Once again we find ourselves confronted with another lame attempt to reinvent a popular IP, missing the mark of just about everything that made it valuable in the first place. Netflix’s “Texas Chainsaw Massacre” fails on just about every level of filmmaking sans a few grotesque kills. And even by the lowbrow standard of B-movie horror (which this IP is firmly planted in), it falls abysmally short.
For all its marketing and talk points from the producers and directors about it being THE homage to the original, “Texas Chainsaw Massacre” is a vapid and dull affair, light on scares, and never makes any kind of case as to why it was made in the first place. I know we like to go after Hollywood for their lack of originality (rightfully so), but I can’t remember the last time I’ve seen such a blatant carbon copy of something in such close proximity to itself. “Texas Chainsaw Massacre” is basically a re-skin of “Halloween Kills,” right down to the feeble attempt to connect it to the original and banking on future franchise potential.
The knee jerk reaction is give this film a pass based solely on having low expectations to begin with. It’s movie about a guy who wears the faces of his victims, and kills people with a chainsaw, what more could you possibly want?
“Texas Chainsaw Massacre” answers that question emphatically, because as it turns out, the answer is a LOT. Films don’t get a pass simply because the genre tends to lean more towards intentionally cheesy or bad filmmaking. Like everything else, there’s good horror and there’s bad horror and everything in-between. We don’t all have to agree on what goes where as film is subjective, but this flick doesn’t get to throw their hands up and say “what did you expect” when they’ve been telling us for months to expect a lot.
And even by the lowest of expectations, “Texas Chainsaw Massacre” barely hangs on to being on step below burn all copies. Directed by David Blue Green and written by first-time screenwriter Chris Thomas Devlin, the film tells the story of a group of young influencers who travel to Harlow, Texas in an effort to gentrify the neighborhood into a millennial utopia. Serving as a direct sequel to the 1974 original, they of course inadvertently awaken the sleeping giant of Leatherface, who has been in hiding since the original massacre and being cared for by a local named Ginny. She’s apparently been keeping the slasher out of trouble, but after she suffers a heart attack from being evicted, Leatherface decides to exact revenge on the woke kids that killed the only person he didn’t want to slash in half.
Oh, and just to make sure we don’t forget we’re watching “Halloween Kills Featuring Leatherface,” the first murder reaches the ears of the lone survivor from the 1974 attack, who (you guessed it), has been waiting 50 years to get revenge for murdering her friends. I’ll give you one guess as to what weapon she chooses to use, too.
Yeah, “Texas Chainsaw Massacre” is so unoriginal and such a blatant rip off it can’t even add diversity to the weapons. If you’re gonna copy the homework, for the love of god change some of the answers and work so the teacher doesn’t immediately realize you didn’t do this on your own. Everything that happens is predicated on the stupidity of the characters, who all seem to go out of their way to make the worse decision possible at every single chance they get.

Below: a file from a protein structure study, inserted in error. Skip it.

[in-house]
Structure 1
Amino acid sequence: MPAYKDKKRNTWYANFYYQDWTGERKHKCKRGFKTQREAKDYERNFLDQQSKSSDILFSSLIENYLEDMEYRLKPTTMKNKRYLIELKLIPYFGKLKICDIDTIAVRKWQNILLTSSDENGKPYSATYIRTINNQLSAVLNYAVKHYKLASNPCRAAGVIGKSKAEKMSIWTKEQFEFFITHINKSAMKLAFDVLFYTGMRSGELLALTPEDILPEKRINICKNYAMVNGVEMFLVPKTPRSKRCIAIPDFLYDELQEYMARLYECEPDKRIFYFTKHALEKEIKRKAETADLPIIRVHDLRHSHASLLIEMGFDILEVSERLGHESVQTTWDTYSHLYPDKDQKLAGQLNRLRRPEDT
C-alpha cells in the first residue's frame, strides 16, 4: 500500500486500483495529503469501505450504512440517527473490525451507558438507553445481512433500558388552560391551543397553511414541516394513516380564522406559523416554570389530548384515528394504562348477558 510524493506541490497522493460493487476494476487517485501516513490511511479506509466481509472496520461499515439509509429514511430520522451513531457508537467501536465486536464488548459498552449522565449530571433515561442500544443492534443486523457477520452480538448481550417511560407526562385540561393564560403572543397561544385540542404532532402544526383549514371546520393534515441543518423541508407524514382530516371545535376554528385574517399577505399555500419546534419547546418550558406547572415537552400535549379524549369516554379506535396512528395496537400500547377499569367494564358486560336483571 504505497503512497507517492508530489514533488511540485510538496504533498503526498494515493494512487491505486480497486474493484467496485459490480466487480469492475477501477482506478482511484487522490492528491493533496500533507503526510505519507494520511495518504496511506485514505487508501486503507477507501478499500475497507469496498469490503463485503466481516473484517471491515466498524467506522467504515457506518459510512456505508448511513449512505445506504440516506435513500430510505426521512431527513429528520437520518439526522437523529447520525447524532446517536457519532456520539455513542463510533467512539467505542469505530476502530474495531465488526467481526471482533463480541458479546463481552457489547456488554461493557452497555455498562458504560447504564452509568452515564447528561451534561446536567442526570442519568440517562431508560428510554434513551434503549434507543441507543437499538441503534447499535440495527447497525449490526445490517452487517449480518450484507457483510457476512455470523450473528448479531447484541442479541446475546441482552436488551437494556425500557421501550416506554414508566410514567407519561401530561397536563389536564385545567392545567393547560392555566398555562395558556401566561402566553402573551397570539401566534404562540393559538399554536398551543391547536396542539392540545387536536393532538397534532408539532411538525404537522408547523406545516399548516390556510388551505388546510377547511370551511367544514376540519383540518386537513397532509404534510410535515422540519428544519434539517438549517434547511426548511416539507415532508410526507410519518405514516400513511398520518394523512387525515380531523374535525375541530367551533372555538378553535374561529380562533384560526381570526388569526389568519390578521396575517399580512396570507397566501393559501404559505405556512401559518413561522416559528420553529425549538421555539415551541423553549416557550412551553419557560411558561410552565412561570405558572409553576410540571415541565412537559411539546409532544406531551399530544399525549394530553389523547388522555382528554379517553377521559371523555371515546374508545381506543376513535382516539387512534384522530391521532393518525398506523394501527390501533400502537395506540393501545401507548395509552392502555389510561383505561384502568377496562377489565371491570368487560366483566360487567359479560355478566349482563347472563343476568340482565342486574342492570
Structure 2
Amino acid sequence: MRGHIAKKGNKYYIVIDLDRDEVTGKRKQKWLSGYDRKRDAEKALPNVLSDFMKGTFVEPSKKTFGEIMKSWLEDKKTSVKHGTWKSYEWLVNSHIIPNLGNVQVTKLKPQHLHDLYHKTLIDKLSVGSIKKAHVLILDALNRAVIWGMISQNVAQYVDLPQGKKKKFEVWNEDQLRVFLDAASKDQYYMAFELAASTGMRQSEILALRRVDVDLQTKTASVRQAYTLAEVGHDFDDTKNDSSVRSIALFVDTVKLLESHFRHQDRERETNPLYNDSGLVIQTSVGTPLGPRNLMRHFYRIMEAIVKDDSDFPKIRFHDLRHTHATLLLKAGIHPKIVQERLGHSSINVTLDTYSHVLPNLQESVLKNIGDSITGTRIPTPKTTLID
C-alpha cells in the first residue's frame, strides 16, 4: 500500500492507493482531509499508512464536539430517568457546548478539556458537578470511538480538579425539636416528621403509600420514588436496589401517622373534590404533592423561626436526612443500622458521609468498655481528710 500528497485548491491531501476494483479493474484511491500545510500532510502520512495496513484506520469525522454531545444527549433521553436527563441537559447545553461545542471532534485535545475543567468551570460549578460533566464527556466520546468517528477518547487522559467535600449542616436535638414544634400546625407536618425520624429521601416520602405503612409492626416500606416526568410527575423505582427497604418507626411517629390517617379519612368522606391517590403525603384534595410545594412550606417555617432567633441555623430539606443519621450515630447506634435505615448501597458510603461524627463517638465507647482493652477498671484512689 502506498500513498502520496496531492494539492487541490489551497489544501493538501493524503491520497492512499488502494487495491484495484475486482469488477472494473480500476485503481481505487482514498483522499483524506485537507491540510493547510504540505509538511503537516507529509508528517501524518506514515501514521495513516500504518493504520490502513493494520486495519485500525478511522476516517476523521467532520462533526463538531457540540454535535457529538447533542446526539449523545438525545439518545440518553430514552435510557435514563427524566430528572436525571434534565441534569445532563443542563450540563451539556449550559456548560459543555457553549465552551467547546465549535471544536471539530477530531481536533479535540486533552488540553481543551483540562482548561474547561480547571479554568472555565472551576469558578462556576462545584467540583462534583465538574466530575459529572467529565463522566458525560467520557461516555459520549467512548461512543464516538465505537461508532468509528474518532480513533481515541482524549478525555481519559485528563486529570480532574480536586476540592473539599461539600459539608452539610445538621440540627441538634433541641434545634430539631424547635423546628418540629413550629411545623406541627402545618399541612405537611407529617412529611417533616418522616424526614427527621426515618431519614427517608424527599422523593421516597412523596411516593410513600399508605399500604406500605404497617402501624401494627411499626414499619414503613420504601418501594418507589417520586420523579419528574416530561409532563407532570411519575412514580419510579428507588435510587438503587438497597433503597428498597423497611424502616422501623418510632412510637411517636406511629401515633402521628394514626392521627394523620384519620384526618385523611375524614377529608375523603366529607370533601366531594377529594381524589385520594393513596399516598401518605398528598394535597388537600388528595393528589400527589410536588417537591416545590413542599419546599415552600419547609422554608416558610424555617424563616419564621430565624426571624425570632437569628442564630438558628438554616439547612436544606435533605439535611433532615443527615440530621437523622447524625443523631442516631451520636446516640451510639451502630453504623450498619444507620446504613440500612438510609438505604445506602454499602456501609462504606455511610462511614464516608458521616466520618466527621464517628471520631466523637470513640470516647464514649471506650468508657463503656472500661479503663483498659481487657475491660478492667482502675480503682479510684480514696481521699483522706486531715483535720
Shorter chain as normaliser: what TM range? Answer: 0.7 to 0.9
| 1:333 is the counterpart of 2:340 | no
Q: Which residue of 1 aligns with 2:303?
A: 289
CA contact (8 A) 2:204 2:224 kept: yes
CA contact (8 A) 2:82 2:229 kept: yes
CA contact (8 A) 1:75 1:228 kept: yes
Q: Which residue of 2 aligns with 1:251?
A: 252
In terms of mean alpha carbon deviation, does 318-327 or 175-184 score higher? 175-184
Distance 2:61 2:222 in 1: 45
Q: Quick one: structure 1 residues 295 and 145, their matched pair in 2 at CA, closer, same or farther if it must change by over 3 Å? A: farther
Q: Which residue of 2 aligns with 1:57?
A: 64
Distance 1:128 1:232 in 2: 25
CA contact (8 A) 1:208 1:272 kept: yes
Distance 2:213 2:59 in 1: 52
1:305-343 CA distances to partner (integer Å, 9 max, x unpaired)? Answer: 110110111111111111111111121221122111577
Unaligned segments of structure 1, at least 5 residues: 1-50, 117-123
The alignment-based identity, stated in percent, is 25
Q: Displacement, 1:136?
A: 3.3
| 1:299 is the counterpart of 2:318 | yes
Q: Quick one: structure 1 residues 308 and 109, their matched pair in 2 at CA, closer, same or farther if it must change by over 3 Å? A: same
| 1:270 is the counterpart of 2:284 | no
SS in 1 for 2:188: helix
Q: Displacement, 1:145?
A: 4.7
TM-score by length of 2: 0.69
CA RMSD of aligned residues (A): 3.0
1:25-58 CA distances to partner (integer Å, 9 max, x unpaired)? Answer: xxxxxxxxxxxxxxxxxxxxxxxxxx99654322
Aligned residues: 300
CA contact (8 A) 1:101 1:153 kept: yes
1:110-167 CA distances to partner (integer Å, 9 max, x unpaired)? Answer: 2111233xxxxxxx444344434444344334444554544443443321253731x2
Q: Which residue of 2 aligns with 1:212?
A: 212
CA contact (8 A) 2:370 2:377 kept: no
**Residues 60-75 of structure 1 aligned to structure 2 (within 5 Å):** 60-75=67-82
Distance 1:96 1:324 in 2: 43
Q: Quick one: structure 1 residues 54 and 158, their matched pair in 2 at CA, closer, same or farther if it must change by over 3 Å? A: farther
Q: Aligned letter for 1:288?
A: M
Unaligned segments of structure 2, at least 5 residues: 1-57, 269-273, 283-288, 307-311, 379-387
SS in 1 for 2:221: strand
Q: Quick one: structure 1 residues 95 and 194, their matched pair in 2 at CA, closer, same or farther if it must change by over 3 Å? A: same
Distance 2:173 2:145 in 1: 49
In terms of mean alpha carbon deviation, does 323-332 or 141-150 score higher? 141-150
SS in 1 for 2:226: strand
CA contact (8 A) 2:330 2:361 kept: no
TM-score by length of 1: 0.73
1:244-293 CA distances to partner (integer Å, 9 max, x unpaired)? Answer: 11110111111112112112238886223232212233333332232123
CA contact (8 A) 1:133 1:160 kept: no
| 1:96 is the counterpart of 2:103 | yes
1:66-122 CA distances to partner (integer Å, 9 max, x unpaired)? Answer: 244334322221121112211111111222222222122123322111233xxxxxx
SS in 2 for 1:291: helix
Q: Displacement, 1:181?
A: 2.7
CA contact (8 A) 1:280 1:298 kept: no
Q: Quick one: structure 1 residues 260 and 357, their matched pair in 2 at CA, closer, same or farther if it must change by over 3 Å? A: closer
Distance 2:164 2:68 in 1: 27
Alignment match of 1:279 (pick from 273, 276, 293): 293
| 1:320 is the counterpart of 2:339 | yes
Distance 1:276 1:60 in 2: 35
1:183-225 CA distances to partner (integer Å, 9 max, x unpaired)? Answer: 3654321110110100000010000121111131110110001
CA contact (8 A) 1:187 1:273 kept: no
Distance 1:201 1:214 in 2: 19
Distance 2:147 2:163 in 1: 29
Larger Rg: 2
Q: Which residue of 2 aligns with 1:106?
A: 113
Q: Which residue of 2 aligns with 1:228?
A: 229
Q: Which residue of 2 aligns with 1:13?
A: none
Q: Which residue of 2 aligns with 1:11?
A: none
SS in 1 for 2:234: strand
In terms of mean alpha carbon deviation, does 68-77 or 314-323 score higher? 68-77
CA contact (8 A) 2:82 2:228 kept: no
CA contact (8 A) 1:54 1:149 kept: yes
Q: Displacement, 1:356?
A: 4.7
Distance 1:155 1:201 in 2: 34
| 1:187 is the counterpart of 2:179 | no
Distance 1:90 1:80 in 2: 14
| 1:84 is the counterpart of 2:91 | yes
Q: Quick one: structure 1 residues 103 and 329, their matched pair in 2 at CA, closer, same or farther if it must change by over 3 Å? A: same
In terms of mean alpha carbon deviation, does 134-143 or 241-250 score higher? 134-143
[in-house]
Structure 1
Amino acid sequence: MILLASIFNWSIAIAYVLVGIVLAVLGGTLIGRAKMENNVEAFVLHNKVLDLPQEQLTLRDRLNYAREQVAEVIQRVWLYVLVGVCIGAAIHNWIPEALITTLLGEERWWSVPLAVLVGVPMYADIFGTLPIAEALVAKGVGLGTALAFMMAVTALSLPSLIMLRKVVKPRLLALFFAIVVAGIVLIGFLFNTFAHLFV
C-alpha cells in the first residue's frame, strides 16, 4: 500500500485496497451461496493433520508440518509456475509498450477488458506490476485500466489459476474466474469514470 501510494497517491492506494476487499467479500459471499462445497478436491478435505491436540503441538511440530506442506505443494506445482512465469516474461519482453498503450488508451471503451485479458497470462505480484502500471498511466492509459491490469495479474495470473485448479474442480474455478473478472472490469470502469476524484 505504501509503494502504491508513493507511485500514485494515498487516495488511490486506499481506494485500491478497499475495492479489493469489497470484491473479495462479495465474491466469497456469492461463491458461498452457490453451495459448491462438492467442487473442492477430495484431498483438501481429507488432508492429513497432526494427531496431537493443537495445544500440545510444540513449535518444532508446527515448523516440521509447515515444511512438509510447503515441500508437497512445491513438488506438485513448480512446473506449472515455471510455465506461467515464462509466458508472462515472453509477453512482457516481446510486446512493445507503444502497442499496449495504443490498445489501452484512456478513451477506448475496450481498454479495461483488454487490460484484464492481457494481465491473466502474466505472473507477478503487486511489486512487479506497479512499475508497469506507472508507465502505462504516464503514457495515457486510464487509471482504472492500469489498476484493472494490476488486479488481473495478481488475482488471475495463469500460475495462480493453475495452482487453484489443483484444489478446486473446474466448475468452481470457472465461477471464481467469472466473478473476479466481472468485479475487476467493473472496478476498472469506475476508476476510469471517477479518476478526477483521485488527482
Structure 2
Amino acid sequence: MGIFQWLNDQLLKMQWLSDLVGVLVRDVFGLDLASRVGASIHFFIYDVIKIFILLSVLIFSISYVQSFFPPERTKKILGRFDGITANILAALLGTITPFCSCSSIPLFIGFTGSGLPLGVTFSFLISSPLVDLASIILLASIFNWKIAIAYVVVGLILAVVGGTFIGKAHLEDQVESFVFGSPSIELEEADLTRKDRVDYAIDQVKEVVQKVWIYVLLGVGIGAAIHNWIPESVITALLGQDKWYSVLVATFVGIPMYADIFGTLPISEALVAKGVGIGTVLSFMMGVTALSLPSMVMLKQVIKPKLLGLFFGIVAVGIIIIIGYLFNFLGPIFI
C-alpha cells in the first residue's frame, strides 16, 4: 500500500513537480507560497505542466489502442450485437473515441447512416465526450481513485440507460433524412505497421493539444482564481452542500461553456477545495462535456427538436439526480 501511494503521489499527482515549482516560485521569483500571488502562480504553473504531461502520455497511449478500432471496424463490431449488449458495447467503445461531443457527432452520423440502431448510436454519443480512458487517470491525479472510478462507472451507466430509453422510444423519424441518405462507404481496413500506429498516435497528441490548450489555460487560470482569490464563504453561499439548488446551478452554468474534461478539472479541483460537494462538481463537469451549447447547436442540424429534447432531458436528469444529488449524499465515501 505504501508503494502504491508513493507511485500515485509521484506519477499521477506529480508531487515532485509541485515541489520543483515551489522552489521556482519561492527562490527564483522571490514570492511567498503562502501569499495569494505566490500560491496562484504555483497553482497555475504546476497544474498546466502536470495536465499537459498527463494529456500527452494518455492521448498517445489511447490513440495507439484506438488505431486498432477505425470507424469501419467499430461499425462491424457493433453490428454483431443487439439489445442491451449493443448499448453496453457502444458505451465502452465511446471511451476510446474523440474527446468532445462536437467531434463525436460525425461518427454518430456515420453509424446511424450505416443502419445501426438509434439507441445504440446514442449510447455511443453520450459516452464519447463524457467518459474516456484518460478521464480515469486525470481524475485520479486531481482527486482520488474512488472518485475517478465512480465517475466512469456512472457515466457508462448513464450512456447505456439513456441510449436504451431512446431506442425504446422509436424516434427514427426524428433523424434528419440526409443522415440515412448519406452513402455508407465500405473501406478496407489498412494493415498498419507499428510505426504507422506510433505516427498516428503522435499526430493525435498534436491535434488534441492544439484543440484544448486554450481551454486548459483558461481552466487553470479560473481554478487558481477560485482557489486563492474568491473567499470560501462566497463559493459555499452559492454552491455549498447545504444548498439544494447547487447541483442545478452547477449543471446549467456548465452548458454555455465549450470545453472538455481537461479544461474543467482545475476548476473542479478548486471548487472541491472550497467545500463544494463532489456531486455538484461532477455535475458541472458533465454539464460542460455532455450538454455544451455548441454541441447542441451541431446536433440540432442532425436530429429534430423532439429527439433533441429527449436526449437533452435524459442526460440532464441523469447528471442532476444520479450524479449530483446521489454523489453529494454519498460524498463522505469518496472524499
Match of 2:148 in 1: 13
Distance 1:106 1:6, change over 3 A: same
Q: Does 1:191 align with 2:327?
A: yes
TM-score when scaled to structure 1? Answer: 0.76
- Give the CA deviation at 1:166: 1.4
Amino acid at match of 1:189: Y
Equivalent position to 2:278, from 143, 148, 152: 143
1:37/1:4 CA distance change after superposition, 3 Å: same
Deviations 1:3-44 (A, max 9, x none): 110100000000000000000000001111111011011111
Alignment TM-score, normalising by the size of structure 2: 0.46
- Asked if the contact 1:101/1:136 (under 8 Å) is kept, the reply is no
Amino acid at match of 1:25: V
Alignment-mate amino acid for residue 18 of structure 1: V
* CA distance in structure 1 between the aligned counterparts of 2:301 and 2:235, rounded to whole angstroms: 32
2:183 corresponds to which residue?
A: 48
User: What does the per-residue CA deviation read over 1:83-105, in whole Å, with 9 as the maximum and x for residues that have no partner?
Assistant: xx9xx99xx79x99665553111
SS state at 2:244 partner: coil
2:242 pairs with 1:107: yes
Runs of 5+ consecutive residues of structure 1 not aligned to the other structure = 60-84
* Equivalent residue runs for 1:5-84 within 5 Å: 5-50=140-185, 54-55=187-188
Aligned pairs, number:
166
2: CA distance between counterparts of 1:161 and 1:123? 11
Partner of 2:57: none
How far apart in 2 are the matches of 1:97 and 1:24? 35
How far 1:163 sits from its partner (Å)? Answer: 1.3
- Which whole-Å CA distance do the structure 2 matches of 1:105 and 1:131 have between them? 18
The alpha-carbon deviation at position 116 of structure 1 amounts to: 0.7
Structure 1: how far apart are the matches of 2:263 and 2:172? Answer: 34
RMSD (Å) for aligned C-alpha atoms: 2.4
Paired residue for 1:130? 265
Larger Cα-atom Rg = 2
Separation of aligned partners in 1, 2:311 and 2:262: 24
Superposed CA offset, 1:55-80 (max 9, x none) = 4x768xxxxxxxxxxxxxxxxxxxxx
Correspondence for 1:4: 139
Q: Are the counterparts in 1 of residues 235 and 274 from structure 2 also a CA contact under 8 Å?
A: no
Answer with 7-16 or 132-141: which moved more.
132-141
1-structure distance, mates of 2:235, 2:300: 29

That stereotype of dumb teens basically running head first into a spinning chainsaw has its places in horror still, especially when we are asked to appreciate and laugh at said stupidity. “Texas Chainsaw Massacre” has all the functionings of a bad horror parody but presents it bold faced and self serious. This tonal imbalance from what’s actually on paper and what the director seems to think he’s making constantly clashes against itself minute by minute, leaving you detached from every single person in the film. I literally just finished watching it and I couldn’t tell you the name of a single person in it. Not one. The only reason I got Ginny in the description above is because I looked it up. Everyone is that forgettable and extremely dislikable, to the point where you find yourself rooting for Leatherface to kill all of them quickly so you get on with the rest of your day.
There is simply no tension in “Texas Chainsaw Massacre,” and no one to care about. Say what you want about “The Texas Chainsaw Massacre: The Next Generation,” at least it leaned into the creep factor and atmosphere of a small rural town with over the top, terrifying characters. This new version has none of that, and with no one to root for or care about, we’re left with a bunch of entitled Gen Z twats who kind of deserve everything that befalls them. Leatherface should NOT be the hero of “Texas Chainsaw Massacre,” and yet, watching him slay an entire bus full of kids who think live streaming him will get him “Cancelled bro,” (yes, an actual, real line of dialogue that exists and I can’t even believe I have to write that in 2022) is uncomfortably satisfying.
With a little tweaking and some originality, and oh, I don’t know, someone to give a shit about, “Texas Chainsaw Massacre” probably could be a fun little slasher flick and return to form. But the copy and paste format of films before it paired with an implausible entry point along with the stupidity of people we never, ever like, “Texas Chainsaw Massacre” is a massive misfire and even bigger waste of time, horror fan or not.
Oh, and did you know that if you get sawed in half by a chainsaw from the stomach to your chest…like literally held high in the air by the spinning blade, you can still live long enough to load a shotgun and get some things off your chest before you die? Because that absolutely happens.
Rating: 1 out of 5 Stars
“Texas Chainsaw Massacre” is currently streaming on Netflix. You can watch the trailer below.